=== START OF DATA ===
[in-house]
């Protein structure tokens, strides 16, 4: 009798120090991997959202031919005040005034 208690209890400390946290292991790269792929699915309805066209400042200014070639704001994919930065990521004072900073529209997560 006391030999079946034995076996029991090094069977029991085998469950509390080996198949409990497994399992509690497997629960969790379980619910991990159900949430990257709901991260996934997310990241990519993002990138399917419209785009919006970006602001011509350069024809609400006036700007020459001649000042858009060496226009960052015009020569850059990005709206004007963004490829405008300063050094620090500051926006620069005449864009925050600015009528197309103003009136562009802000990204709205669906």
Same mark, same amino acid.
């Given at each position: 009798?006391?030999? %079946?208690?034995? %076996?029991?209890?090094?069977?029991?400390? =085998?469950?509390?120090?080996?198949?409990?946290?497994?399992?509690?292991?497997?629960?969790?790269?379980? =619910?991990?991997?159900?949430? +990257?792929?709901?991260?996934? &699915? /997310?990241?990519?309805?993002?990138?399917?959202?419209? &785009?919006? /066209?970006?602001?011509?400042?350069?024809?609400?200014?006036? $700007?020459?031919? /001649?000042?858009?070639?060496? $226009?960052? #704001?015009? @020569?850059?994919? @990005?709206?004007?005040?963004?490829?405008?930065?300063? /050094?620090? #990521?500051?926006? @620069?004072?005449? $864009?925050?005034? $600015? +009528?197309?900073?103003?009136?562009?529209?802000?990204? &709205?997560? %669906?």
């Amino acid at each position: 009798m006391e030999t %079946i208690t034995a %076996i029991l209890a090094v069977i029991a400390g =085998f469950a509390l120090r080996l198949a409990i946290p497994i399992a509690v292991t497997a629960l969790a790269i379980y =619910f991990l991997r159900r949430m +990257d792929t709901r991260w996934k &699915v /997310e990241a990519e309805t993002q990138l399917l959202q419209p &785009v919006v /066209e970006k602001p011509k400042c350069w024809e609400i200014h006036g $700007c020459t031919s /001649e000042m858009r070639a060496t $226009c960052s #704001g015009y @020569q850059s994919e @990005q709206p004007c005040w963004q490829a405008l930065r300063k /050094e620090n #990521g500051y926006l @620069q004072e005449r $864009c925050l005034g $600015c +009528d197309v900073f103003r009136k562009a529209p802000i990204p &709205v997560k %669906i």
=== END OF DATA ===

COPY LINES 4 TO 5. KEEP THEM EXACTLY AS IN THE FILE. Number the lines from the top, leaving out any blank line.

């Given at each position: 009798?006391?030999? %079946?208690?034995? %076996?029991?209890?090094?069977?029991?400390? =085998?469950?509390?120090?080996?198949?409990?946290?497994?399992?509690?292991?497997?629960?969790?790269?379980? =619910?991990?991997?159900?949430? +990257?792929?709901?991260?996934? &699915? /997310?990241?990519?309805?993002?990138?399917?959202?419209? &785009?919006? /066209?970006?602001?011509?400042?350069?024809?609400?200014?006036? $700007?020459?031919? /001649?000042?858009?070639?060496? $226009?960052? #704001?015009? @020569?850059?994919? @990005?709206?004007?005040?963004?490829?405008?930065?300063? /050094?620090? #990521?500051?926006? @620069?004072?005449? $864009?925050?005034? $600015? +009528?197309?900073?103003?009136?562009?529209?802000?990204? &709205?997560? %669906?």
């Amino acid at each position: 009798m006391e030999t %079946i208690t034995a %076996i029991l209890a090094v069977i029991a400390g =085998f469950a509390l120090r080996l198949a409990i946290p497994i399992a509690v292991t497997a629960l969790a790269i379980y =619910f991990l991997r159900r949430m +990257d792929t709901r991260w996934k &699915v /997310e990241a990519e309805t993002q990138l399917l959202q419209p &785009v919006v /066209e970006k602001p011509k400042c350069w024809e609400i200014h006036g $700007c020459t031919s /001649e000042m858009r070639a060496t $226009c960052s #704001g015009y @020569q850059s994919e @990005q709206p004007c005040w963004q490829a405008l930065r300063k /050094e620090n #990521g500051y926006l @620069q004072e005449r $864009c925050l005034g $600015c +009528d197309v900073f103003r009136k562009a529209p802000i990204p &709205v997560k %669906i």